Legal and fundraising expert Catherine Brooks urges leaders to "know where funding comes from". She says all leaders should be clear who are their key funders and what they support.
She also says NFPs should allow for the likely liability of accrued annual leave that is yet to be taken.
The Institute of Community Directors recently produced the two-part guide Fundraising trends you’ve got to know about to survive the pandemic to provide more help on the finance front.
And ICDA has worked with CommBank to develop a five-part free webinar series to help organisations understand and manage their balance sheets.
We also recommend reviewing the advice of the country’s top community treasurers to see how they’ve survived the crisis.
3. Stay attuned to good governance and decision making
Social enterprise expert Pablo Alfredo Gimenez says groups can overcome challenges by "adapting board processes to comply with governance obligations" by seeking out "the tools and tips and training to adapt to physical distancing requirements". Our Community compiled some of those helpsheets on its Save Our Sector mini-site.
Renowned leadership mentor Sheena Boughen says being open to new ideas can start with asking simple, strategic questions, such as "What's going well on the ship? How do we know?" or "Who else could give us some insight into how we are going?" And she urges leaders to seek out the wise and to ask them, "Who do you learn from and are you in touch with them?"
Susan Pascoe agrees, and she says good information flow is crucial. "Most NFP directors will need more frequent and detailed reporting from management to be confident that their enterprises are coping with this unprecedented situation, especially those such as health and welfare delivering frontline services," she says.
Cynthia Mitchell says good meeting procedures will keep things on track and “help people use their time well”. For instance, she suggests that meeting agendas should be “structured around the outcome you need, such as agreed focus areas for the coming year”. The start of each meeting could be used to reinforce “the key points of the discussion”.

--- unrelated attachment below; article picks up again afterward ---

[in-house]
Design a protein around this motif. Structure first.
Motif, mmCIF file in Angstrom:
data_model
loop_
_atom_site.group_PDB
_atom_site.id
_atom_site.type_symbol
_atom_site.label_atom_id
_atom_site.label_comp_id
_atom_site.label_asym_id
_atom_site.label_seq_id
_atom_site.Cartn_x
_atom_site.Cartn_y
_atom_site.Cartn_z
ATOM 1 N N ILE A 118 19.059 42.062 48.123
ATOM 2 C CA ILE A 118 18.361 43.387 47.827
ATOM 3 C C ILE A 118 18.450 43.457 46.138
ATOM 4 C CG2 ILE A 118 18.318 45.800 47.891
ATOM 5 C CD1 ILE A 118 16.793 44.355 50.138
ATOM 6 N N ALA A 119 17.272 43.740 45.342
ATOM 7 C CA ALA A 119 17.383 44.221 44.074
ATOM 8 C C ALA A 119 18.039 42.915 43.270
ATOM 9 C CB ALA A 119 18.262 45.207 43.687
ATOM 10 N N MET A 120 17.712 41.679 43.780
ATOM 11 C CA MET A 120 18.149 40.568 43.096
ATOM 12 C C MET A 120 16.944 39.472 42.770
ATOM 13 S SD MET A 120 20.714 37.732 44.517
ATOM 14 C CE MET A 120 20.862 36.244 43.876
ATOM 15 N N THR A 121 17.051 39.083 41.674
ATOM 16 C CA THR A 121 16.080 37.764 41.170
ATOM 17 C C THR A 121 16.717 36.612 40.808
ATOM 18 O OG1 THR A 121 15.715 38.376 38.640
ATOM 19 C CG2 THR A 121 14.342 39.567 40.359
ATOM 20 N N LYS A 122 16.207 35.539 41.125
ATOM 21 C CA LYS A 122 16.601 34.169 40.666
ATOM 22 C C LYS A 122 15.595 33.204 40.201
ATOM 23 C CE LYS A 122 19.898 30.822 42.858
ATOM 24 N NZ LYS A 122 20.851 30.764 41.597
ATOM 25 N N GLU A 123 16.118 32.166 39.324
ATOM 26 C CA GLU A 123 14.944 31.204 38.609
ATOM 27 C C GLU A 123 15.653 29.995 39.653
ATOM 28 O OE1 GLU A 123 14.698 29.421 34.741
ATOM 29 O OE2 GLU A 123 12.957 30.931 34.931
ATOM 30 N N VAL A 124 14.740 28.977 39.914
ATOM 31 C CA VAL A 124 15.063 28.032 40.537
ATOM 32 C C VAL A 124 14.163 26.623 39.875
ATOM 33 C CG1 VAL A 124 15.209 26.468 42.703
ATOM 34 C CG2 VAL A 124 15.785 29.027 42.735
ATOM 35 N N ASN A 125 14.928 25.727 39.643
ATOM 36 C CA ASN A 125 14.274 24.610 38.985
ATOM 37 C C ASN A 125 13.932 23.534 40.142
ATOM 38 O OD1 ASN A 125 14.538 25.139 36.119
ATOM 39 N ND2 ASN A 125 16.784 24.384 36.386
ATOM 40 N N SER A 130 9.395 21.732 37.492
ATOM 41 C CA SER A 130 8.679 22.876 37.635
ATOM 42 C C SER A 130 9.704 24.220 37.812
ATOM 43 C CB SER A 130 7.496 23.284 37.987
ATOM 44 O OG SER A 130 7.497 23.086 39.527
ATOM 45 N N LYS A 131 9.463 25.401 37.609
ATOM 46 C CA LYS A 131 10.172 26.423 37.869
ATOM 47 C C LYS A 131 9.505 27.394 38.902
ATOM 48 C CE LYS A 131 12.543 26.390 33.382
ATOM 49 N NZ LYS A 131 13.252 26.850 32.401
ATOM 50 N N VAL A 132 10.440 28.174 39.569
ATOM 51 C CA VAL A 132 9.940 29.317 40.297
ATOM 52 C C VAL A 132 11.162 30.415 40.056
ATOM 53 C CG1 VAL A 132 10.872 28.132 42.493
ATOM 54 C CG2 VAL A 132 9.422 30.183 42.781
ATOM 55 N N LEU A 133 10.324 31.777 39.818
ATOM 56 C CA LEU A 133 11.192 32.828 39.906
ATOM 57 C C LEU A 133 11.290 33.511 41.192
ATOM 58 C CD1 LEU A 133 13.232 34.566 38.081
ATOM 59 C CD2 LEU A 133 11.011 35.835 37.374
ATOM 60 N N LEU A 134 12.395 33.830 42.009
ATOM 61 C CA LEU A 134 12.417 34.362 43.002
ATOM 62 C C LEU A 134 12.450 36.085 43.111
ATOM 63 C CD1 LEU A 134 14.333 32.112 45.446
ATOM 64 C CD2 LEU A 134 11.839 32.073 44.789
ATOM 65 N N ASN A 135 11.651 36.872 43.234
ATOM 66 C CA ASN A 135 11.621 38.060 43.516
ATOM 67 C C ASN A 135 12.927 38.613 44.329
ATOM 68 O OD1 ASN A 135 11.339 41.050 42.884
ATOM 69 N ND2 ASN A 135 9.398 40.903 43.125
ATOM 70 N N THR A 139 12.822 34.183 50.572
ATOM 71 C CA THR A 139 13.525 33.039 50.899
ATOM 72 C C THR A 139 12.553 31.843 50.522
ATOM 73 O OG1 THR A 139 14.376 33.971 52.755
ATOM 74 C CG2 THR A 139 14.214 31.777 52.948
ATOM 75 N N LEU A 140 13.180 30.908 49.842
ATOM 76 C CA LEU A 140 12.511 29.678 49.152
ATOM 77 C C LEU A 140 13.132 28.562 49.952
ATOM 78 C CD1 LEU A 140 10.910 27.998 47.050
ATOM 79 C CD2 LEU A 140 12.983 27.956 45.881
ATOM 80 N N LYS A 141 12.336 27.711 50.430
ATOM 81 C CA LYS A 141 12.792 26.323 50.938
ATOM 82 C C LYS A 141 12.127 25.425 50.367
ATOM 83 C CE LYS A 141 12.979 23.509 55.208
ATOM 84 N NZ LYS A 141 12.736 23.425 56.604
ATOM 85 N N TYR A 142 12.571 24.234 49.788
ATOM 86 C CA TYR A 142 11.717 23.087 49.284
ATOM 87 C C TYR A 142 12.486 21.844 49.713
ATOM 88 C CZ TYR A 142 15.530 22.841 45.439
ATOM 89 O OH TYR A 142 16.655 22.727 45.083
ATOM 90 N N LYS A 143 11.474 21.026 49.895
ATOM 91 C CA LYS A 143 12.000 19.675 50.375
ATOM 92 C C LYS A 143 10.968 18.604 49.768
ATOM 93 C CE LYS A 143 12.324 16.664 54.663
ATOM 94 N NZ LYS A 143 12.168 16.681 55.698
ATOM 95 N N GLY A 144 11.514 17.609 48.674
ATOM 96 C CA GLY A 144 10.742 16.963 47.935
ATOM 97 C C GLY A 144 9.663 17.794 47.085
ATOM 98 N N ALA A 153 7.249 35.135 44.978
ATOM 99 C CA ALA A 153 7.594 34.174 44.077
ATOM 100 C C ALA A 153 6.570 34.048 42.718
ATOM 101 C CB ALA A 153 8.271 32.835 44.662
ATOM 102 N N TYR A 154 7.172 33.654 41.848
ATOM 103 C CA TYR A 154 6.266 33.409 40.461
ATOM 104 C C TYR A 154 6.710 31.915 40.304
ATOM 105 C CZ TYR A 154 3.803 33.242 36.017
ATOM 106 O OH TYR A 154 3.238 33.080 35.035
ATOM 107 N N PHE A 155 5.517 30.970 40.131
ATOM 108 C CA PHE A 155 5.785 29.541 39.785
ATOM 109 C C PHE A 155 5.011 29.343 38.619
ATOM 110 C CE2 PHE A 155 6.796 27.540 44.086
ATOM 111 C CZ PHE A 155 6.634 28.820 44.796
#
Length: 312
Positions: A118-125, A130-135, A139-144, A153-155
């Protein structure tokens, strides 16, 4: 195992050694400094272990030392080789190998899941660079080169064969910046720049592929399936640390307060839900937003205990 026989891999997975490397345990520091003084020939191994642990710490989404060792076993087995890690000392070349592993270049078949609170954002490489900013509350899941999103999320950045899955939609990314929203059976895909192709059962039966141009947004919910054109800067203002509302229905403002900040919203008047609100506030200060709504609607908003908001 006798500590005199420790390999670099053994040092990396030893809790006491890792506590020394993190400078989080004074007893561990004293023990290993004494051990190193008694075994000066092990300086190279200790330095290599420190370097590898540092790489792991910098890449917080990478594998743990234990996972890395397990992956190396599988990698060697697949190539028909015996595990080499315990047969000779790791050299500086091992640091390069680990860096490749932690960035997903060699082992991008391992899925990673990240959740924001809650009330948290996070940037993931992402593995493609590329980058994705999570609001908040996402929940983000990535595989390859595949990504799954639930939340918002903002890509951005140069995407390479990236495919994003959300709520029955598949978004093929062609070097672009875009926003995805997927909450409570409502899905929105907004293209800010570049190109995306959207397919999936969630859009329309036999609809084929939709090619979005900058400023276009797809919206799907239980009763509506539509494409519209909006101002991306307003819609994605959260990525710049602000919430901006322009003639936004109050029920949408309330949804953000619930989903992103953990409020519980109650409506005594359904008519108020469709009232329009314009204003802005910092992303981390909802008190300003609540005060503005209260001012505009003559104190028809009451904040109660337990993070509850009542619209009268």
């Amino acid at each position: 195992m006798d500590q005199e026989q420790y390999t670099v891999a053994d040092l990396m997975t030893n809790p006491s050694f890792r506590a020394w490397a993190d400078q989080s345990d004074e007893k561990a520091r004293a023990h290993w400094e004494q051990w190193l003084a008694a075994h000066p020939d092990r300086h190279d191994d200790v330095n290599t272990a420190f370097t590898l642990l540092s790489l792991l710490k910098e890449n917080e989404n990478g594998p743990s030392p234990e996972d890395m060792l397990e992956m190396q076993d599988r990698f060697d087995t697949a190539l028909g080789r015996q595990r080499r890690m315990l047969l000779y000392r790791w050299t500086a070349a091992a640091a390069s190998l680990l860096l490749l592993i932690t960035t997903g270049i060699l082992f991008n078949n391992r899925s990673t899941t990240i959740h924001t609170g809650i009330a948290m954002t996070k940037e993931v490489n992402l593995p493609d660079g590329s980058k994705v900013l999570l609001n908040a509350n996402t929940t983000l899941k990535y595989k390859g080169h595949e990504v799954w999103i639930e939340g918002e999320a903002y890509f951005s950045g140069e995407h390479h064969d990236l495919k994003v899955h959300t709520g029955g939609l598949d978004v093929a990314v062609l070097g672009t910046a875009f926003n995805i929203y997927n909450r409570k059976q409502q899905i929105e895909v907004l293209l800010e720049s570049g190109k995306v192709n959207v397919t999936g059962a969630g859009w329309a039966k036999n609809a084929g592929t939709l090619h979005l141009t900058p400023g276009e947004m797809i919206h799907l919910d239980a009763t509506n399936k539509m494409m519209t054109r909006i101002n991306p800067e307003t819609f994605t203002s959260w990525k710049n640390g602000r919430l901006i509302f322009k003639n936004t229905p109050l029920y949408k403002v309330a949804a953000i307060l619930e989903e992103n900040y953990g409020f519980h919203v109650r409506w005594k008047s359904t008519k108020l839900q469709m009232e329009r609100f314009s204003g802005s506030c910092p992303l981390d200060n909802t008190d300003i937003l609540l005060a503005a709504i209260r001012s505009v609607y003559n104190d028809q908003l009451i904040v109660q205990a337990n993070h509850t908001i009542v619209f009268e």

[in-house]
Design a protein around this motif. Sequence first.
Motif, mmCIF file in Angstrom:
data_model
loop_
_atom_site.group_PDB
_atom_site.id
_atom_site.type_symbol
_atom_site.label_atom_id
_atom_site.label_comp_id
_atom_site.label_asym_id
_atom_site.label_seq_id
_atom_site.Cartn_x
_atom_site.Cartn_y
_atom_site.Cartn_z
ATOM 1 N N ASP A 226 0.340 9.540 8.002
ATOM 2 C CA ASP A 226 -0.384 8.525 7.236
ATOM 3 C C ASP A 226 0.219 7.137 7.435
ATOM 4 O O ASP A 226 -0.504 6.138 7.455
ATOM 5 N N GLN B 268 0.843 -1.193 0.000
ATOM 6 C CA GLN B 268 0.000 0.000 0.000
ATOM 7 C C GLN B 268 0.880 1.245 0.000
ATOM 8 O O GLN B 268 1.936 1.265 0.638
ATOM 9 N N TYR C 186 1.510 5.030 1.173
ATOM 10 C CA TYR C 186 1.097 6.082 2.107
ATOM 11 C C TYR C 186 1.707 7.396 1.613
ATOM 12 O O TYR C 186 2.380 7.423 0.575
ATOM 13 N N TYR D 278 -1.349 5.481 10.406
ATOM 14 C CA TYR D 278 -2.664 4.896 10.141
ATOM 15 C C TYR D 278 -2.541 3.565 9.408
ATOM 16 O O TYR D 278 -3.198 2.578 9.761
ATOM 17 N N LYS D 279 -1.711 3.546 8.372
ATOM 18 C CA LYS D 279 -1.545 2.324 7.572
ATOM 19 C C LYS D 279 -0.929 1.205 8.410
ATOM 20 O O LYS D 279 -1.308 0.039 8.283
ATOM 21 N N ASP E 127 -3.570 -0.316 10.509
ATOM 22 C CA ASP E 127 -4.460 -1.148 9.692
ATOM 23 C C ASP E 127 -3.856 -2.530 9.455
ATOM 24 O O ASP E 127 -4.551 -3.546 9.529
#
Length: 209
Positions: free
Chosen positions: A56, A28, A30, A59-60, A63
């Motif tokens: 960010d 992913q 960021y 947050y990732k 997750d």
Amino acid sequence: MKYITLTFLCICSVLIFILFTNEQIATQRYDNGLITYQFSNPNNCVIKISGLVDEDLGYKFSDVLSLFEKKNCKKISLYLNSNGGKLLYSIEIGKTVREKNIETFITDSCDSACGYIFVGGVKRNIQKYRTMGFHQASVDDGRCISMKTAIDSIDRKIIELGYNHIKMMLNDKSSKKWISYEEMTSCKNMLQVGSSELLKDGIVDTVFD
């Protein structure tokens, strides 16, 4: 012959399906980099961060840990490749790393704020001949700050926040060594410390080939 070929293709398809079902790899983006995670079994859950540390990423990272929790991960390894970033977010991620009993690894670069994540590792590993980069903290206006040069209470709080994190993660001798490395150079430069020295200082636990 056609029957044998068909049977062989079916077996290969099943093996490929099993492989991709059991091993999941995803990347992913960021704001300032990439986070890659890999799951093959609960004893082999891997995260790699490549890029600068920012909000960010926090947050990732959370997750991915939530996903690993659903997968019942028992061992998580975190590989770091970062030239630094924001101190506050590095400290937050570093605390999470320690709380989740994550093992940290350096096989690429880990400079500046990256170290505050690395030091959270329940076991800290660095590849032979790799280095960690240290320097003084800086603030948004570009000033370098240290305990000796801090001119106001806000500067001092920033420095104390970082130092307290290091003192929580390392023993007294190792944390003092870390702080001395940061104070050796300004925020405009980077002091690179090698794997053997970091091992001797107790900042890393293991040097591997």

4. Use your tech well to keep people engaged
Several council members nominated better video meeting methods as a way of keeping organisations from fading, as more rely on software to connect.
Sonja Hood says not-for-profits must start with the essentials.
“If you haven’t made sure that every single person who works for you has good tech and a good set-up at home, fix it. Now. If you’re online with people working from dining chairs on a laptop in terrible light, that’s an occupational health and safety issue … and a morale issue”.
Catherine Brooks says groups would be familiar with meetings involving people “juggling kids in the background”, suffering “Zoom fatigue” or scanning their mobile phones.
“If you want an engaged board, only run meetings when you have specific topics for discussion, use committee meetings for action items and take turns with the agenda items so that the chair doesn’t bore everyone.” She says that “storytelling” can help everyone “recommit to your purpose”.
Cynthia Mitchell agrees it can be useful to “help your staff and volunteers make good choices about the technology they use for different activities”.
She says while Zoom-style meetings can be mentally tiring, “the good old telephone” is a great tool for two. She also suggests organisations “build in fun as part of the ‘official’ stuff”, with connecting activities such as small breakouts before the main meeting to allow for the small talk we’ve been missing. Meetings should be shortened to allow time to socialise.